Lindsay conducted a quick interview with Curtis, also a third-year mechanical engineering student, during their work in the machine shop. Some excerpts:

L: How did you get involved in “MB03,” our Moonbuggy project?
C: Last year’s moonbuggy project needed some help in the machine shop, and I was asked since I already had some experience. Then I started to get more involved with the design, because I found it really interesting.

The 2008 Carleton team pedals its way to third place in the 15th annual
Great Moonbuggy Race.

L: What’s your favorite thing about being involved in MB03? 
C: The competition. Driving down to Alabama last year and being at the competition was such a cool experience — especially things like talking to the NASA engineers who worked on the original projects, and meeting other teams from around the world. Also, being project manager this year has been really interesting and fun. 

We’ll check in with Lindsay and Team Carleton again soon — once mid-terms are behind them! 

Safety First!

Greetings, racers and moonbuggy enthusiasts! As I write this, we’re just 50 days away from the 16th annual Great Moonbuggy Race. Get pumped!

But not TOO pumped. Safety’s always first on our minds here at NASA’s Marshall Space Flight Center, which is why all racers compete in helmets and pads, and the winding, obstacle-laden, half-mile course is lined with some 175 hay bales to minimize wipeouts.

But accidents do happen. Check out these photos from the 2008 competition, courtesy of Marshall Center photographer Emmett Given:

A fearsome-looking crash for two intrepid student drivers from Puerto Rico High School in Fajardo, Puerto Rico, who went airborne at top speed just before taking a sharp bend in the course.

But the duo bounced right back up — and posted the fastest race time of the year among competition newcomers, earning them the 2008 “Rookie Award.”

The key to their success? Mike Selby knows. Mike is an engineer in the Parts, Packaging & Fabrication Branch of the Marshall Center’s Engineering Directorate. He designs and builds avionics hardware supporting NASA’s space shuttles, the International Space Station and Ares I rocket programs. He’s also head scorekeeper for the Great Moonbuggy Race and a former racer himself — for the 1996 college-division champion team from the University of Alabama in Huntsville.

Speed alone, Selby says, shouldn’t be your goal. “My advice is to build a moonbuggy that’s as fast AND as durable as you can make it,” he says.

And those buggies can get up to greater speeds on the race course than some newcomers might realize. “I don’t think a lot of new racers realize much of the course is NOT covered in gravel and sand,” Selby says. “There are a lot of straightaways, paved areas where you can build up speed and shave time off the clock. But you’re also going to take a pounding going over the obstacles, so it’s just as important to focus on building a good, solid structure in order for the vehicle to survive.”

Not to mention those elbows and knees.

Keep safety in mind BEFORE the race as well. Be sure all team members use goggles and other safety equipment while working on buggies. Riders should always be properly suited up, belted in and wearing their helmets, safety pads and gloves — even during routine field testing. Stay safe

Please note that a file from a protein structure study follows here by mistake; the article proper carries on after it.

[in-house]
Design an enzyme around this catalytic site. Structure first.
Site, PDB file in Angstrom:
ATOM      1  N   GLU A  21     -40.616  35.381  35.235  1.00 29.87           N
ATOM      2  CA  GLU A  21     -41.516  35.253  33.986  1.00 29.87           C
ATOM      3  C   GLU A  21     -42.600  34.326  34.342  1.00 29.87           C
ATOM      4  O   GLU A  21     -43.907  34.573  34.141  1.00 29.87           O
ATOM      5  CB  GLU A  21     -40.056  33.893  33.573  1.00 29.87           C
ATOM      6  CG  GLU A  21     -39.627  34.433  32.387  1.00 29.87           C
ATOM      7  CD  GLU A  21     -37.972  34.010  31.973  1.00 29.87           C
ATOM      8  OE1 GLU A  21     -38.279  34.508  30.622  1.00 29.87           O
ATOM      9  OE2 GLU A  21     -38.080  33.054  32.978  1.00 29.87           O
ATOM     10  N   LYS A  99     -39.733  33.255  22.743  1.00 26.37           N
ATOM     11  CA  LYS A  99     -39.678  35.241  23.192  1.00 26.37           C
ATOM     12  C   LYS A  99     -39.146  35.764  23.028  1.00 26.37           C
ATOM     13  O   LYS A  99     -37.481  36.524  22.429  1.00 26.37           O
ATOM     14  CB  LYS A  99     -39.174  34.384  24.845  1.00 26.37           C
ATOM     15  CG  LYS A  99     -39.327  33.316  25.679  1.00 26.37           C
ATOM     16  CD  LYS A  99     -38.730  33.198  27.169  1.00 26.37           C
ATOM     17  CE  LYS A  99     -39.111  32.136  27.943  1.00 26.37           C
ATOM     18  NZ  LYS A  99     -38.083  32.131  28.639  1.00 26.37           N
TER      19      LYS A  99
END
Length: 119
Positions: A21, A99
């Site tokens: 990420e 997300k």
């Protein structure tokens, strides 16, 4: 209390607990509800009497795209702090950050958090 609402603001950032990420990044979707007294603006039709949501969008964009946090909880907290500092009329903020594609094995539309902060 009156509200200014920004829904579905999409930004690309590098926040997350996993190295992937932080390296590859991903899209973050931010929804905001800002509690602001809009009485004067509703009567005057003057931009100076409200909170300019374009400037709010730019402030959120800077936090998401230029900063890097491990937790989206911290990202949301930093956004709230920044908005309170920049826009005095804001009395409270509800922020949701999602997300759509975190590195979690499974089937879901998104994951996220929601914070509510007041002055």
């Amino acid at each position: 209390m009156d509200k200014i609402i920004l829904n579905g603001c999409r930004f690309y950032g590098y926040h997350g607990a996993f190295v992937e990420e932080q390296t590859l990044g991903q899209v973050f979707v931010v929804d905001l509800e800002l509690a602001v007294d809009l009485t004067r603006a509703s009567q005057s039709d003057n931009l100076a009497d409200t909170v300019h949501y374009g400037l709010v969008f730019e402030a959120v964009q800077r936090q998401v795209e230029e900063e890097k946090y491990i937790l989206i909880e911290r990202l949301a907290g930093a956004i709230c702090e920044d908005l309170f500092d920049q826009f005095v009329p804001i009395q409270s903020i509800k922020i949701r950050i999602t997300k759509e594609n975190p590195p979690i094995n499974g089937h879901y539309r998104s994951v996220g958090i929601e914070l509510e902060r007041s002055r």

Meanwhile, as race day draws closer, we’re hearing from teams around the world, and everyone sounds busy and confident. Case in point: students at the Huntsville Center for Technology. The 2007 race champs, who took second AND third place in the high school division in 2008, will field two moonbuggies again this year, and they’re hard at work to retake the title.

That’s team member Robby McLaughlin on the left and fellow racer Stephen Cantley at right, fine-tuning their buggy hardware as they prep for another test run.

Fifty days from now, they’ll be among hundreds of competitors tackling the main event.

Stay tuned.

Offworld Racing — NASA-style!

Greetings from Huntsville, Ala., the race capital of the world — if you’re driving a sweet, tricked-out moonbuggy, that is.

Student racers from the University of Evansville in Evansville, Ind., speed to
victory in the college division of NASA’s 15th annual Great Moonbuggy Race in
April 2008. (NASA/MSFC/Emmett Given)

NASA and more than 500 students from high schools, home schools, colleges, vocational schools and universities around the world are gearing up for the 16th annual NASA Great Moonbuggy Race, to be held here at the U.S. Space & Rocket Center April 3-4.

If you know about the Great Moonbuggy Race, you know it’s a big cornerstone of our education outreach here at NASA’s Marshall Space Flight Center, which organizes the event each year. It’s also the culmination of a lot of work on the part of dozens of race teams, made up of bright, energetic young people from all over America and as far away as Puerto Rico, Canada, Germany, India, Mexico and Romania.

If you don’t already know everything there is to know about the moonbuggy race, do yourself a favor and check it out — it’s the most fun you can have on four wheels.

As I write this, 88 teams have registered for this year’s contest. Some have spent weeks or months designing their moonbuggies — lightweight, two-person racers based on the design of the original NASA lunar rovers used in the early 1970s during the Apollo missions. Now the teams are assembling their buggies, field-testing them and preparing themselves — because those who’ve been here before know the simulated lunar race course here in Huntsville is not for the faint of heart. Or the weak of soldered joint.

A number of this year’s racers have agreed to check in with us in the weeks leading up to the race. They’ll write about the engineering hurdles they’re overcoming, insider tips on conquering the grueling otherworldly track, and their various moonbuggy-related adventures between now and race day.

And on April 3-4, we’ll talk live with the racers, post their race reactions — and even provide up-to-the-minute race results via Twitter. So stay tuned, and let’s race!